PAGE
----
Utah Utes basketball: Dry spells doom U.'s upset bid

Published: Thursday, Jan. 12 2012 11:55 p.m. MST

STANFORD, Calif. — The Utah basketball team has lived and died by its shooting all season. When the Utes are shooting well, they can compete with most teams and even win some games. When they're not, they lose.

The Utes actually shot well Thursday night, but still lost to Stanford 68-65 at Maples Pavilion because of a couple of big dry shooting spells.

Utah shot 50.9 percent from the field, but a 1-for-11 stretch to start the game and a six-minute drought in the second half, spelled doom for the Utes in a game they had a chance to win or at least force overtime.

Down by 10 points inside the final minute, the Utes fought back and had two chances in the final five seconds to force overtime. After Dijon Farr missed a free throw with 8.3 seconds left, the Utes got the rebound and Chris Hines had an open jumper from the top of the key.

The shot just missed and went off a Stanford player in the corner by the Ute bench with 1.9 seconds left. The Utes wanted to get the ball to Hines again, but Josh Watkins had to fire up a long 3-pointer from the right angle that missed everything.

"I had a little sneaking suspicion that we were going to force overtime," said coach Larry Krystkowiak, who lamented that the Utes didn't. "But it was encouraging that we did this on the road. I told the guys a long time ago, if we play hard, I don't care if we win lose or draw as long as we don't cheat the game. I think they're starting to grasp that concept a little bit."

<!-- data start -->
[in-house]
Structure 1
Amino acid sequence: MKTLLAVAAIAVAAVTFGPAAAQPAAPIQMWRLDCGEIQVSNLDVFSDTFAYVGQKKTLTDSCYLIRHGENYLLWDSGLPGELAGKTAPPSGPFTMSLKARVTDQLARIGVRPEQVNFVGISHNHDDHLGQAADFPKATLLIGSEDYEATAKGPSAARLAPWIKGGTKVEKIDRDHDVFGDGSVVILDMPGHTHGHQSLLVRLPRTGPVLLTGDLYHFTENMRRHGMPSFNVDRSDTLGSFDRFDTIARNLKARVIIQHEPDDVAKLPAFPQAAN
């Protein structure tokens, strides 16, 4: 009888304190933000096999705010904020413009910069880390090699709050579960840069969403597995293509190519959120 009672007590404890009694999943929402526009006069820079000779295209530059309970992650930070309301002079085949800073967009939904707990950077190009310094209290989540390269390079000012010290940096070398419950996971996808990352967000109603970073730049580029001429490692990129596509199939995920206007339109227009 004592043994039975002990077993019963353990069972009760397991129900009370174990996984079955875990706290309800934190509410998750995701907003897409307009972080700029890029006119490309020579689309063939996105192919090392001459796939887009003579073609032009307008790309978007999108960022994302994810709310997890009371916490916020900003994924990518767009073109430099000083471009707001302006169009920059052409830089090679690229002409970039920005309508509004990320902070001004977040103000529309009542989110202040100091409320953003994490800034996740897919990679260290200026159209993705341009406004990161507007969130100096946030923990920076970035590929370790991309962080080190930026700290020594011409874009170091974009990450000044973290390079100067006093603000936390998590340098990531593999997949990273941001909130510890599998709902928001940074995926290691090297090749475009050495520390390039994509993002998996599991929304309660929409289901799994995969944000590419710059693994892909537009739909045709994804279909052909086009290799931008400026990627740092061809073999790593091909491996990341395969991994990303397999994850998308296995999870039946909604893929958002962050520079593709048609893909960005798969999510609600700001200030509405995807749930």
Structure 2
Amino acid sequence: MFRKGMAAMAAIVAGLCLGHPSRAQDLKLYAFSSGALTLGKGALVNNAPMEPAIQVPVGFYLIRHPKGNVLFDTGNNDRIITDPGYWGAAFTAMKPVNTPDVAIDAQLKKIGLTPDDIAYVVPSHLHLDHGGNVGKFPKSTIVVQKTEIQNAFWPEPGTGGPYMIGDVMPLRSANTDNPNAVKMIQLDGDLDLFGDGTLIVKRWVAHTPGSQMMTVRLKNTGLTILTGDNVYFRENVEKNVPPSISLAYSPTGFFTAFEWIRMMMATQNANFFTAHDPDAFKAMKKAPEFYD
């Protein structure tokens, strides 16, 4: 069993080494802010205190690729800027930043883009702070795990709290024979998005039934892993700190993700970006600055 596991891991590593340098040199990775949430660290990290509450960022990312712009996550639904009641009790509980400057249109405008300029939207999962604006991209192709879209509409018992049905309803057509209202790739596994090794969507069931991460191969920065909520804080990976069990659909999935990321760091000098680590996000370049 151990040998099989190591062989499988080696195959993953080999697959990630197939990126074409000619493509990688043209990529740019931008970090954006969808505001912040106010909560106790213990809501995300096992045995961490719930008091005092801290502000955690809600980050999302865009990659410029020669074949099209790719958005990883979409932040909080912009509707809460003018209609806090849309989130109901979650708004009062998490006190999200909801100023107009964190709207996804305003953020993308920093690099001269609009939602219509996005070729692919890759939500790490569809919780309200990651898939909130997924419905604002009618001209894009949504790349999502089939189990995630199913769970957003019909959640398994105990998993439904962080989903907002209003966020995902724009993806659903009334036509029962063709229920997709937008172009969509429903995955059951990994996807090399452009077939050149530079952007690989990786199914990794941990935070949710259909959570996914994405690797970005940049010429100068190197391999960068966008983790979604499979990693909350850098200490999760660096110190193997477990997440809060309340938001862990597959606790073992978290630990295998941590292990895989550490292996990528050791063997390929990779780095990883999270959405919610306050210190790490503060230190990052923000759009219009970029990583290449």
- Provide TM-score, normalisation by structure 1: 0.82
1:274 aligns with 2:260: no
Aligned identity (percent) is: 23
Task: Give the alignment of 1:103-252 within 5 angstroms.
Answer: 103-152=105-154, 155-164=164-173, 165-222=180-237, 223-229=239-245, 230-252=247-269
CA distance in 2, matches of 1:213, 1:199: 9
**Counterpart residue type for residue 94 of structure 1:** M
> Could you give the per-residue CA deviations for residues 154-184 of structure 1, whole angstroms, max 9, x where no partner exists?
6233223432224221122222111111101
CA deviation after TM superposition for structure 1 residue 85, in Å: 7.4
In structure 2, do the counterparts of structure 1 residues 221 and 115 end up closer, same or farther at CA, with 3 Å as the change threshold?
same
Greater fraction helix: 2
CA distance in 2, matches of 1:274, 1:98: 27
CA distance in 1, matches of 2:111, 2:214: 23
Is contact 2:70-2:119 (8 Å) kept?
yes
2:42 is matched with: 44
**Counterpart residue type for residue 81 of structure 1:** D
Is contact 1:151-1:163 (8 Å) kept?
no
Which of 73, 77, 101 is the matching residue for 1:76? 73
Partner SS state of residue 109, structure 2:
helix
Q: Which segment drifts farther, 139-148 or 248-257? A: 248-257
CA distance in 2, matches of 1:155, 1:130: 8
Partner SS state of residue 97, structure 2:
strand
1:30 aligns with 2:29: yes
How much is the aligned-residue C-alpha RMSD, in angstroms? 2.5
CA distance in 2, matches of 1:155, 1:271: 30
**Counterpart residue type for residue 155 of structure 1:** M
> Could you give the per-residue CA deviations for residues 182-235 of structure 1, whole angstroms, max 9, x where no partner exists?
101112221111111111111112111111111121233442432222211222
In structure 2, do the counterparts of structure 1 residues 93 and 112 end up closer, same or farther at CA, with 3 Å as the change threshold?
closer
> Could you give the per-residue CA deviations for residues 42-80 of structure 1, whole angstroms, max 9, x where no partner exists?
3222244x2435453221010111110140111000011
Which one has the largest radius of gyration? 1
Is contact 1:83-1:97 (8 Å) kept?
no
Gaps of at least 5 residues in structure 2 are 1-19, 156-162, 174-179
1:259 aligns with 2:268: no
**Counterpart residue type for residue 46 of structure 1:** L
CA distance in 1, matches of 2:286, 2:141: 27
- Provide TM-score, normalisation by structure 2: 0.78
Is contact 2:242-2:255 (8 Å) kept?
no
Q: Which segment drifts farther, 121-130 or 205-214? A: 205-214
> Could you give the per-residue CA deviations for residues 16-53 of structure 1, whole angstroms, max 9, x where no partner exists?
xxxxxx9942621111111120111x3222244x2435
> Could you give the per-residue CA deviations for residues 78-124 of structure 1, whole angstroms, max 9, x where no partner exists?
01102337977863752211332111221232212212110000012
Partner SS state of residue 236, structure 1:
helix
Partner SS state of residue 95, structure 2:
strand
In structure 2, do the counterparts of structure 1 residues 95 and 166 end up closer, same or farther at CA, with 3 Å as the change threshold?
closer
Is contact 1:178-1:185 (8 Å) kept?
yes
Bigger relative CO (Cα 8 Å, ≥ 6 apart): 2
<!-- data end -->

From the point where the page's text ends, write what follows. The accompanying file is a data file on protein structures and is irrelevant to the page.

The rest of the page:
Trailing 30-23 at halftime, the Utes came out on fire with their best shooting display of the season. They hit their first 10 shots, including a pair of 3-pointers by Watkins and one by Farr to grab a 47-44 lead with 12:15 left. The margin could have been more, but Cedric Martin missed all of his foul shots after getting fouled on a 3-pointer.

"The rim was really big to start the half and it probably couldn't be expected to stay that way," Krystkowiak said.

He was right.

The Utes didn't score form more than six minutes until Jason Washburn scored on a hook shot inside with 5:45 left to cut the Stanford lead to 54-49.

Watkins missed three straight free throws (the two teams combined for a horrid 6-of-26 from the line) or the Utes could have been within four points with a little over two minutes left.

Stanford led 66-56 with 47.5 seconds left and it looked like the Utes were toast. However, Watkins scored on a drive, Wasburn scored inside and Cedric Martin hit a 3-pointer with 18.3 seconds left and suddenly it was 66-63.

At this point, the Cardinal were an atrocious 3 of 15 from the foul line, but Josh Huestis hit two free throws with 17 seconds left to give Stanford a five-point cushion.

But with 8.3 seconds left, Farr was fouled after making a basket, setting up the final sequence when the Utes had two chances to tie.

Watkins, who scored 16 points, put the blame on himself because of his 1-for-5 from the foul line and seven turnovers.

"I put this one on me," he said. "I missed four free throws and that's not me. I just got to do better and make smarter decisions. But we played to the end and we know we can compete with anybody."

Hines led all scorers with a career-high 21 points, while Farr scored 10, in addition to Watkins' 16 points. For the game, the Utes were 27 of 53 from the field, but only 1 of 9 from the free throw line.

"Whenever you're 1 for 9 from the free throw line . . ." Krystkowiak said, not finishing the sentence.

Stanford was led by Huestis, who scored 13 points on 6-of-6 shooting and grabbed 10 rebounds. Josh Owens and Chasson Randle added 11 points apiece for the Cardinal, who shot 53.8 percent from the field.

The Utes started the game poorly and trailed 12-2, midway through the first half. They started finding the basket and cut the lead to two, fell behind by 14, then pulled within seven at 30-23, thanks to a 7-0 run to end the half.

Utah next plays Saturday at Cal (8:30 p.m. MT), which defeated Colorado Thursday night.

email: sor@desnews.com

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